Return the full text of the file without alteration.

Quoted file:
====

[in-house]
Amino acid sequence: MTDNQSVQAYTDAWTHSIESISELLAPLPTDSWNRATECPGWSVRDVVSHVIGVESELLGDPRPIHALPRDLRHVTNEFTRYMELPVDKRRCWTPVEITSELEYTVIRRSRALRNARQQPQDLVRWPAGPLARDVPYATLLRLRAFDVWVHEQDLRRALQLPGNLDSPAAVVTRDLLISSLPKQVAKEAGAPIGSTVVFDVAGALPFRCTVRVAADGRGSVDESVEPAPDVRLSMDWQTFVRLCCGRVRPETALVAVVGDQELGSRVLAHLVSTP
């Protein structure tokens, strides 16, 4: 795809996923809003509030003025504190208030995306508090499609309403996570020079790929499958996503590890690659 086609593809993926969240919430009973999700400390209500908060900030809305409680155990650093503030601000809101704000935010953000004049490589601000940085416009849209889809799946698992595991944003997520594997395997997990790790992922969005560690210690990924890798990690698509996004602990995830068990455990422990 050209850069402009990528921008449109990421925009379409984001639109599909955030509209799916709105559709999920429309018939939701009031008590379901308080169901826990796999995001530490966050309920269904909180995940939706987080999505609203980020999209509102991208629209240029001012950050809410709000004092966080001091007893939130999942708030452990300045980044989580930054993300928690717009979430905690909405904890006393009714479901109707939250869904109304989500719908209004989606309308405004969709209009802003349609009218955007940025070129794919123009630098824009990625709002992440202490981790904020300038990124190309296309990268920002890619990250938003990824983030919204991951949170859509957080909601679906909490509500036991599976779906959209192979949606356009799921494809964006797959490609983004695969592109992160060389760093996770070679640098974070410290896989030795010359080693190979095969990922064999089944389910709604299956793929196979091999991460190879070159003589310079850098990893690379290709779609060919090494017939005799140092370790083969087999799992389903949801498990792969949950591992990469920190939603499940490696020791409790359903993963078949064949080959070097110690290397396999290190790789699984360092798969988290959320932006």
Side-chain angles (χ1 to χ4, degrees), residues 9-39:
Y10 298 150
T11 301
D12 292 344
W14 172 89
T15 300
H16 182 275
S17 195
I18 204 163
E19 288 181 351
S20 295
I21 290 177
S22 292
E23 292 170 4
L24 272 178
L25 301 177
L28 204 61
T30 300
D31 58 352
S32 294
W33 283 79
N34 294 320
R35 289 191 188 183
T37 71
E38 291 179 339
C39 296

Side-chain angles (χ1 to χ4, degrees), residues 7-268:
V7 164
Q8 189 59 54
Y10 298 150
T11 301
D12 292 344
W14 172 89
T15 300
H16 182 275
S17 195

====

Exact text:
[in-house]
Amino acid sequence: MTDNQSVQAYTDAWTHSIESISELLAPLPTDSWNRATECPGWSVRDVVSHVIGVESELLGDPRPIHALPRDLRHVTNEFTRYMELPVDKRRCWTPVEITSELEYTVIRRSRALRNARQQPQDLVRWPAGPLARDVPYATLLRLRAFDVWVHEQDLRRALQLPGNLDSPAAVVTRDLLISSLPKQVAKEAGAPIGSTVVFDVAGALPFRCTVRVAADGRGSVDESVEPAPDVRLSMDWQTFVRLCCGRVRPETALVAVVGDQELGSRVLAHLVSTP
């Protein structure tokens, strides 16, 4: 795809996923809003509030003025504190208030995306508090499609309403996570020079790929499958996503590890690659 086609593809993926969240919430009973999700400390209500908060900030809305409680155990650093503030601000809101704000935010953000004049490589601000940085416009849209889809799946698992595991944003997520594997395997997990790790992922969005560690210690990924890798990690698509996004602990995830068990455990422990 050209850069402009990528921008449109990421925009379409984001639109599909955030509209799916709105559709999920429309018939939701009031008590379901308080169901826990796999995001530490966050309920269904909180995940939706987080999505609203980020999209509102991208629209240029001012950050809410709000004092966080001091007893939130999942708030452990300045980044989580930054993300928690717009979430905690909405904890006393009714479901109707939250869904109304989500719908209004989606309308405004969709209009802003349609009218955007940025070129794919123009630098824009990625709002992440202490981790904020300038990124190309296309990268920002890619990250938003990824983030919204991951949170859509957080909601679906909490509500036991599976779906959209192979949606356009799921494809964006797959490609983004695969592109992160060389760093996770070679640098974070410290896989030795010359080693190979095969990922064999089944389910709604299956793929196979091999991460190879070159003589310079850098990893690379290709779609060919090494017939005799140092370790083969087999799992389903949801498990792969949950591992990469920190939603499940490696020791409790359903993963078949064949080959070097110690290397396999290190790789699984360092798969988290959320932006």
Side-chain angles (χ1 to χ4, degrees), residues 9-39:
Y10 298 150
T11 301
D12 292 344
W14 172 89
T15 300
H16 182 275
S17 195
I18 204 163
E19 288 181 351
S20 295
I21 290 177
S22 292
E23 292 170 4
L24 272 178
L25 301 177
L28 204 61
T30 300
D31 58 352
S32 294
W33 283 79
N34 294 320
R35 289 191 188 183
T37 71
E38 291 179 339
C39 296

Side-chain angles (χ1 to χ4, degrees), residues 7-268:
V7 164
Q8 189 59 54
Y10 298 150
T11 301
D12 292 344
W14 172 89
T15 300
H16 182 275
S17 195